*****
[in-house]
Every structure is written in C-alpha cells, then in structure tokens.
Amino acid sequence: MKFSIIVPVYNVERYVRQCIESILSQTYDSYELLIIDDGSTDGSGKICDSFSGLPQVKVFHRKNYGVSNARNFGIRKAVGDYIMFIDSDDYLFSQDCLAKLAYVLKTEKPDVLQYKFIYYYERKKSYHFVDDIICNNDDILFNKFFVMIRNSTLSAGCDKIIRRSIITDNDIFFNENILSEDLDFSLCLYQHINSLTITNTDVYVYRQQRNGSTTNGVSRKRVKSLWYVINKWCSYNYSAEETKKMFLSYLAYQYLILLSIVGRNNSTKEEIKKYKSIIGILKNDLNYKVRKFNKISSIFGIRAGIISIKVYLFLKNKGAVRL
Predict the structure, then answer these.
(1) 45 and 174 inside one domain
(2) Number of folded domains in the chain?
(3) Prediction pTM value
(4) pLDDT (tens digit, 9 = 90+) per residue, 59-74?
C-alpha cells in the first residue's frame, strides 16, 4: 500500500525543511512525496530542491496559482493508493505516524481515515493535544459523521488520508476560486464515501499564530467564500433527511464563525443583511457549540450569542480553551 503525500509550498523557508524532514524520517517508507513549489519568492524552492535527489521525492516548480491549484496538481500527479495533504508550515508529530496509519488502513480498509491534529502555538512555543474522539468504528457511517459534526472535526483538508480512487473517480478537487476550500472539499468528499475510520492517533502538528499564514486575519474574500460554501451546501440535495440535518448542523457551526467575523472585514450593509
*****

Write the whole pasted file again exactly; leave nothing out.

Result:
[in-house]
Every structure is written in C-alpha cells, then in structure tokens.
Amino acid sequence: MKFSIIVPVYNVERYVRQCIESILSQTYDSYELLIIDDGSTDGSGKICDSFSGLPQVKVFHRKNYGVSNARNFGIRKAVGDYIMFIDSDDYLFSQDCLAKLAYVLKTEKPDVLQYKFIYYYERKKSYHFVDDIICNNDDILFNKFFVMIRNSTLSAGCDKIIRRSIITDNDIFFNENILSEDLDFSLCLYQHINSLTITNTDVYVYRQQRNGSTTNGVSRKRVKSLWYVINKWCSYNYSAEETKKMFLSYLAYQYLILLSIVGRNNSTKEEIKKYKSIIGILKNDLNYKVRKFNKISSIFGIRAGIISIKVYLFLKNKGAVRL
Predict the structure, then answer these.
(1) 45 and 174 inside one domain
(2) Number of folded domains in the chain?
(3) Prediction pTM value
(4) pLDDT (tens digit, 9 = 90+) per residue, 59-74?
C-alpha cells in the first residue's frame, strides 16, 4: 500500500525543511512525496530542491496559482493508493505516524481515515493535544459523521488520508476560486464515501499564530467564500433527511464563525443583511457549540450569542480553551 503525500509550498523557508524532514524520517517508507513549489519568492524552492535527489521525492516548480491549484496538481500527479495533504508550515508529530496509519488502513480498509491534529502555538512555543474522539468504528457511517459534526472535526483538508480512487473517480478537487476550500472539499468528499475510520492517533502538528499564514486575519474574500460554501451546501440535495440535518448542523457551526467575523472585514450593509